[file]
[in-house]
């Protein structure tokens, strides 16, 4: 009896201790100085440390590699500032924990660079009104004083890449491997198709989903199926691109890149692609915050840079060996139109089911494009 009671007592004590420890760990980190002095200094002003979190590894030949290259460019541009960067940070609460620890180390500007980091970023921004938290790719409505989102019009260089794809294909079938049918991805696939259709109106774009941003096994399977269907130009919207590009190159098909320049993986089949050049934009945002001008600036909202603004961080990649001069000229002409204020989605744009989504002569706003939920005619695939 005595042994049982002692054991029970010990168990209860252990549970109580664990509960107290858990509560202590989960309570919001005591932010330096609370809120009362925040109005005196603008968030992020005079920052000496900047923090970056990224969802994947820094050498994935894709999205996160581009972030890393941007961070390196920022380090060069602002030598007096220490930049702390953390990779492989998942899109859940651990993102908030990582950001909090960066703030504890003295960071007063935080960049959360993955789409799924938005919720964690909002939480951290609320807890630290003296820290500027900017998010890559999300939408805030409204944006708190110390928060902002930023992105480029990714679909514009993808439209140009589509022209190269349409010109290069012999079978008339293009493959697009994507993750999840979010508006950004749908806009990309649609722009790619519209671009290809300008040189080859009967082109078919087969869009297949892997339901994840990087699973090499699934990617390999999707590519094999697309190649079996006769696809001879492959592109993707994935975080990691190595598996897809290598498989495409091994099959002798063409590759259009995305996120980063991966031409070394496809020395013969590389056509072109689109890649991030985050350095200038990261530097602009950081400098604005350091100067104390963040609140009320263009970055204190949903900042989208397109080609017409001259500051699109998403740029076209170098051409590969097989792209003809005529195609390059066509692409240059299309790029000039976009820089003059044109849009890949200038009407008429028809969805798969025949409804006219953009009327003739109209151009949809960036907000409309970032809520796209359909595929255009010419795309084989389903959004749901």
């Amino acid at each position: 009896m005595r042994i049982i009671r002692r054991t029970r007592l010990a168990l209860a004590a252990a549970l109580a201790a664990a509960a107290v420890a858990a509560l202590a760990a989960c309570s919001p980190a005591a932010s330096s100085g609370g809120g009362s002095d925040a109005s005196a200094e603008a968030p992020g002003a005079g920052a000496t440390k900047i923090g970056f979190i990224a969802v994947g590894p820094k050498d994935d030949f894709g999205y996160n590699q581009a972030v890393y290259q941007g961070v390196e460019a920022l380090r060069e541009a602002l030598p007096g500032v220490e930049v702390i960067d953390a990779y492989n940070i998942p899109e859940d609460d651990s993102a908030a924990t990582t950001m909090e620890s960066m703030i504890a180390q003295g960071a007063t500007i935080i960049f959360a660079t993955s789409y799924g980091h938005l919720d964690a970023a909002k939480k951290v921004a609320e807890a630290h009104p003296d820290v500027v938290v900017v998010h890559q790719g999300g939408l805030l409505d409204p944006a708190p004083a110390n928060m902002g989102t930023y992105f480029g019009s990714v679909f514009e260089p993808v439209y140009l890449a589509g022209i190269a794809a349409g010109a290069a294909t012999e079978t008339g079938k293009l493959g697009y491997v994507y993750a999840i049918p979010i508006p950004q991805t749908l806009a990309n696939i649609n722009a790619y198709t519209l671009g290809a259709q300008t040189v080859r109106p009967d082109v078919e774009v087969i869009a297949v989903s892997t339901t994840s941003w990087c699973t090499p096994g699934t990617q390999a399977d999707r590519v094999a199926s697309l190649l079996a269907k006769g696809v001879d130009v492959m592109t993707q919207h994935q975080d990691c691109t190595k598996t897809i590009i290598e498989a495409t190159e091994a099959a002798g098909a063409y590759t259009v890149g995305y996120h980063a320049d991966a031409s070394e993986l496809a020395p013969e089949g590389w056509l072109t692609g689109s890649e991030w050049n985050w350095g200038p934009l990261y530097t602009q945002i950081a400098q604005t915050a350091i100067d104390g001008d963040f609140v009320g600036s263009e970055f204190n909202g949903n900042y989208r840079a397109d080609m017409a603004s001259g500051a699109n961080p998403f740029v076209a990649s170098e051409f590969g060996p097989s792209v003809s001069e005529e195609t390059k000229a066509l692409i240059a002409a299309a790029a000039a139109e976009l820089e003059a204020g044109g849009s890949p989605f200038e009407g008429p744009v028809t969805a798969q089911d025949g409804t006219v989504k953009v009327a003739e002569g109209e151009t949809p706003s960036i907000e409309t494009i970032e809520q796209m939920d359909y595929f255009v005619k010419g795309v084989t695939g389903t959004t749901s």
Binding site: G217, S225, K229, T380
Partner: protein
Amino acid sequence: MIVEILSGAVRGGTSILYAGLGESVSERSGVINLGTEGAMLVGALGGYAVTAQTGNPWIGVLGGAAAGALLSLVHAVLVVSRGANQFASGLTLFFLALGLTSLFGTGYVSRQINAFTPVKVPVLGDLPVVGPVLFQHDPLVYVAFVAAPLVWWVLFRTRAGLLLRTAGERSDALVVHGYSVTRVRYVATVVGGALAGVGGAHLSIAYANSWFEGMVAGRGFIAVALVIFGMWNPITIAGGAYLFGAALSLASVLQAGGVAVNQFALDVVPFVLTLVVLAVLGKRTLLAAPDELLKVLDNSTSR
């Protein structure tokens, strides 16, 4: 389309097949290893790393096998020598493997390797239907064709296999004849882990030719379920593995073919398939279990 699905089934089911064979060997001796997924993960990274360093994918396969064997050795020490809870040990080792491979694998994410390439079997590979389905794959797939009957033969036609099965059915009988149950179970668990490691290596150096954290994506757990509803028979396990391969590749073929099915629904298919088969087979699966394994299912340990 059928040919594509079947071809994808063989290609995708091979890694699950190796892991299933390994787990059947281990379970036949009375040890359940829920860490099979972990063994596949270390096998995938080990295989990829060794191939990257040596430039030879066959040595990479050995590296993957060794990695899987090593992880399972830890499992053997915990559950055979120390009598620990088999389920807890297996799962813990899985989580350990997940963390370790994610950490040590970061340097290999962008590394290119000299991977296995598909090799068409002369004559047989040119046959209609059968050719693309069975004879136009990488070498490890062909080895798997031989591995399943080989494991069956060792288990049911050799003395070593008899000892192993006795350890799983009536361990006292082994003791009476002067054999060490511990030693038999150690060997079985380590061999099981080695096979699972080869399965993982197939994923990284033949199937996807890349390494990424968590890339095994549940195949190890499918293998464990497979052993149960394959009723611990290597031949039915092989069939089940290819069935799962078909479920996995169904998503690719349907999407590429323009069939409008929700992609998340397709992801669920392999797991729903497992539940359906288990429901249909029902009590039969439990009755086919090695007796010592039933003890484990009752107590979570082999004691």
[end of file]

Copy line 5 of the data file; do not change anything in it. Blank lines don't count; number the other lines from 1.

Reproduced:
Partner: protein